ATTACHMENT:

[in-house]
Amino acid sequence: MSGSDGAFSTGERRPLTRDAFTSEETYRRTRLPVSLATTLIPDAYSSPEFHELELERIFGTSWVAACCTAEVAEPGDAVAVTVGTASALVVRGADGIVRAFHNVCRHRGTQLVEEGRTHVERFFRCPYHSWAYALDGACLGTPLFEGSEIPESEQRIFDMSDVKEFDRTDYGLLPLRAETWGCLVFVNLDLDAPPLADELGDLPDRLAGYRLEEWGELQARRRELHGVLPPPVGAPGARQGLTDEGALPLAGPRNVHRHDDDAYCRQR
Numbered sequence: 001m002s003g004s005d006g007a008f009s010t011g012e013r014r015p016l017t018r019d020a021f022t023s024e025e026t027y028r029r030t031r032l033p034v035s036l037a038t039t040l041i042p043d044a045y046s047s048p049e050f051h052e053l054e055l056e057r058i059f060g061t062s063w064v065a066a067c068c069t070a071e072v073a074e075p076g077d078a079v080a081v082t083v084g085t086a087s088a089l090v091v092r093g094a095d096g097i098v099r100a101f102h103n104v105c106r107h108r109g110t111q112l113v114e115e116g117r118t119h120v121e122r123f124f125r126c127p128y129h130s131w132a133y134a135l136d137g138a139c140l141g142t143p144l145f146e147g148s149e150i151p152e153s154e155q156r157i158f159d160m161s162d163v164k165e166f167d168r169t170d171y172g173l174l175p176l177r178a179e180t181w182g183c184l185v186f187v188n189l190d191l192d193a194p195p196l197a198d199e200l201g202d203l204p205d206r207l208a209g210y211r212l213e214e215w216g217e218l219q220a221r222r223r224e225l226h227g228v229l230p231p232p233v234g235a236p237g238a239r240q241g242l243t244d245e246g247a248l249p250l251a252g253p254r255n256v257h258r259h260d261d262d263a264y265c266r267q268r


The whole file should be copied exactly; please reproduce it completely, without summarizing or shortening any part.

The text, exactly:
[in-house]
Amino acid sequence: MSGSDGAFSTGERRPLTRDAFTSEETYRRTRLPVSLATTLIPDAYSSPEFHELELERIFGTSWVAACCTAEVAEPGDAVAVTVGTASALVVRGADGIVRAFHNVCRHRGTQLVEEGRTHVERFFRCPYHSWAYALDGACLGTPLFEGSEIPESEQRIFDMSDVKEFDRTDYGLLPLRAETWGCLVFVNLDLDAPPLADELGDLPDRLAGYRLEEWGELQARRRELHGVLPPPVGAPGARQGLTDEGALPLAGPRNVHRHDDDAYCRQR
Numbered sequence: 001m002s003g004s005d006g007a008f009s010t011g012e013r014r015p016l017t018r019d020a021f022t023s024e025e026t027y028r029r030t031r032l033p034v035s036l037a038t039t040l041i042p043d044a045y046s047s048p049e050f051h052e053l054e055l056e057r058i059f060g061t062s063w064v065a066a067c068c069t070a071e072v073a074e075p076g077d078a079v080a081v082t083v084g085t086a087s088a089l090v091v092r093g094a095d096g097i098v099r100a101f102h103n104v105c106r107h108r109g110t111q112l113v114e115e116g117r118t119h120v121e122r123f124f125r126c127p128y129h130s131w132a133y134a135l136d137g138a139c140l141g142t143p144l145f146e147g148s149e150i151p152e153s154e155q156r157i158f159d160m161s162d163v164k165e166f167d168r169t170d171y172g173l174l175p176l177r178a179e180t181w182g183c184l185v186f187v188n189l190d191l192d193a194p195p196l197a198d199e200l201g202d203l204p205d206r207l208a209g210y211r212l213e214e215w216g217e218l219q220a221r222r223r224e225l226h227g228v229l230p231p232p233v234g235a236p237g238a239r240q241g242l243t244d245e246g247a248l249p250l251a252g253p254r255n256v257h258r259h260d261d262d263a264y265c266r267q268r